C57BL/6J mice were inoculated subcutaneously at the right flank with 2 × 10^5 B16F10 tumor cells in 0.1 mL of PBS (containing 0.05 mL matrigel) The animals were randomized based on the body weight, and treatment was started the next day after the cell inoculation with 12 mg/kg of ADI-PEG 20 QWx2 IM, 10 mg/kg anti-mPD-1 Q2D IP, 12 mg/kg of ADI-PEG 20 QWx2 IM and 10 mg/kg anti-mPD-1 Q2D IP or vehicle (PBS) control.

Balb/c mice were inoculated subcutaneously at the right flank with 2 × 10^5 CT26 tumor cells) in 0.1 mL of PBS. Ten days after the tumor implantation the mice were randomized into four groups based on the tumor size and treated with 12 mg/kg of ADI-PEG 20 BIWx5W IM, 10 mg/kg anti-mPD-L1 Q2D x 5W IP, 12 mg/kg of ADI-PEG 20 IM BIWx5W and 10 mg/kg anti-mPD-L1 IP Q2D x 5W or vehicle (PBS) control.

Tumor size was measured in two dimensions using a caliper, and the volume was expressed in mm3 using the formula: V = 0.5 a × b2 where a and b are the long and short diameters of the tumor, respectively.

Statistical analysis

One-way ANOVA was performed to compare different treatments using GraphPad.

ACKNOWLEDGMENTS AND FUNDING

We thank Wes Sisson and Richard Showalter for making ADI-PEG 20 and mutant ADI-PEG 20, Richard Hickey for measuring arginine and citrulline levels and Jim Thomson for the critical review of the manuscript.

CONFLICTS OF INTEREST

All authors are employed by Polaris Pharmaceuticals and have options of Polaris Pharmaceuticals stock.

REFERENCES

1. Qiu F, Huang J, Sui M. Targeting arginine metabolism pathway to treat arginine-dependent cancers. Cancer Lett. 2015; 364:1–7.

2. Stasyk OV, Boretsky YR, Gonchar MV, Sibirny AA. Recombinant arginine-degrading enzymes in metabolic anticancer therapy and bioanalytics. Cell Biol Int. 2015; 39:246–52.

3. Phillips MM, Sheaff MT, Szlosarek PW. Targeting arginine-dependent cancers with arginine-degrading enzymes: opportunities and challenges. Cancer Res Treat. 2013; 45:251–62.

4. Feun L, You M, Wu CJ, Kuo MT, Wangpaichitr M, Spector S, Savaraj N. Arginine deprivation as a targeted therapy for cancer. Curr Pharm Des. 2008; 14:1049–57.

5. Feun L, Savaraj N. Pegylated arginine deiminase: a novel anticancer enzyme agent. Expert Opin Investig Drugs. 2006; 15:815–22.

6. Feun LG, Kuo MT, Savaraj N. Arginine deprivation in cancer therapy. Curr Opin Clin Nutr Metab Care. 2015; 18:78–82.

7. Patil MD, Bhaumik J, Babykutty S, Banerjee UC, Fukumura D. Arginine dependence of tumor cells: targeting a chink in cancer’s armor. Oncogene. 2016; 35:4957–72.

8. Haines RJ, Pendleton LC, Eichler DC. Argininosuccinate synthase: at the center of arginine metabolism. Int J Biochem Mol Biol. 2011; 2:8–23.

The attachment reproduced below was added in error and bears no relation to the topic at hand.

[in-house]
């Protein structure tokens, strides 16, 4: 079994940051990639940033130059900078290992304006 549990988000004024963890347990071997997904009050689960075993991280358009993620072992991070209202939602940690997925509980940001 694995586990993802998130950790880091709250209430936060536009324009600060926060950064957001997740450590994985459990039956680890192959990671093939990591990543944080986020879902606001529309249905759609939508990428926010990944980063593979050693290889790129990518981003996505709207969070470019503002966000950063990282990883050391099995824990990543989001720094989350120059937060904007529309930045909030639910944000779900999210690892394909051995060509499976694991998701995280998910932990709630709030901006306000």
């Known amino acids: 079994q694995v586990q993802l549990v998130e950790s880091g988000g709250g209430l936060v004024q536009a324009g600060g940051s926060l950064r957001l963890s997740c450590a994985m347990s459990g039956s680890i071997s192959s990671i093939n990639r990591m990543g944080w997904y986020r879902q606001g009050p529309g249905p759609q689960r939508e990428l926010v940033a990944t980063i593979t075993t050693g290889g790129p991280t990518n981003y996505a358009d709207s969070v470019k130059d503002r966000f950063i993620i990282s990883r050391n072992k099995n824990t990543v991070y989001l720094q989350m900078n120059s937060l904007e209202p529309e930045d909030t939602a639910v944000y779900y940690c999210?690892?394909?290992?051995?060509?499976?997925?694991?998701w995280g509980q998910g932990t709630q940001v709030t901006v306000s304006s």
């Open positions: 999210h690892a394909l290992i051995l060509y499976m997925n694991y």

9. Peranzoni E, Marigo I, Dolcetti L, Ugel S, Sonda N, Taschin E, Mantelli B, Bronte V, Zanovello P. Role of arginine metabolism in immunity and immunopathology. Immunobiology. 2007; 212:795–812.

10. Rodriguez PC, Ochoa AC. Arginine regulation by myeloid derived suppressor cells and tolerance in cancer: mechanisms and therapeutic perspectives. Immunol Rev. 2008; 222:180–91.

11. Bronte V, Zanovello P. Regulation of immune responses by L-arginine metabolism. Nat Rev Immunol. 2005; 5:641–54.

12. Raber P, Ochoa AC, Rodríguez PC. Metabolism of L-arginine by myeloid-derived suppressor cells in cancer: mechanisms of T cell suppression and therapeutic perspectives. Immunol Invest. 2012; 41:614–34.

13. Rath M, Müller I, Kropf P, Closs EI, Munder M. Metabolism via Arginase or Nitric Oxide Synthase: Two Competing Arginine Pathways in Macrophages. Front Immunol. 2014; 5:532.

14. Delage B, Fennell DA, Nicholson L, McNeish I, Lemoine NR, Crook T, Szlosarek PW. Arginine deprivation and argininosuccinate synthetase expression in the treatment of cancer. Int J Cancer. 2010; 126:2762–72.

15. Albina JE, Caldwell MD, Henry WL Jr, Mills CD. Regulation of macrophage functions by L-arginine. J Exp Med. 1989; 169:1021–9.

16. Bansal V, Rodriguez P, Wu G, Eichler DC, Zabaleta J, Taheri F, Ochoa JB. Citrulline can preserve proliferation and prevent the loss of CD3 zeta chain under conditions of low arginine. J Parenter Enteral Nutr. 2004; 28:423–430.

17. Fletcher M, Ramirez ME, Sierra RA, Raber P, Thevenot P, Al-Khami AA, Sanchez-Pino D, Hernandez C, Wyczechowska DD, Ochoa AC, Rodriguez PC. L-Arginine depletion blunts anti-tumor T cell responses by inducing myeloid-derived suppressor cells. Cancer Res. 2015; 75:275–83.

18. Rodriguez PC, Quiceno DG, Ochoa AC. L-arginine availability regulates T-lymphocyte cell-cycle progression. Blood. 2007; 109:1568–73.

19. Rodriguez PC, Hernandez CP, Morrow K, Sierra R, Zabaleta J, Wyczechowska DD, Ochoa AC. L-arginine deprivation regulates cyclin D3 mRNA stability in human T cells. by controlling HuR expression. J Immunol. 2010; 185:5198–204.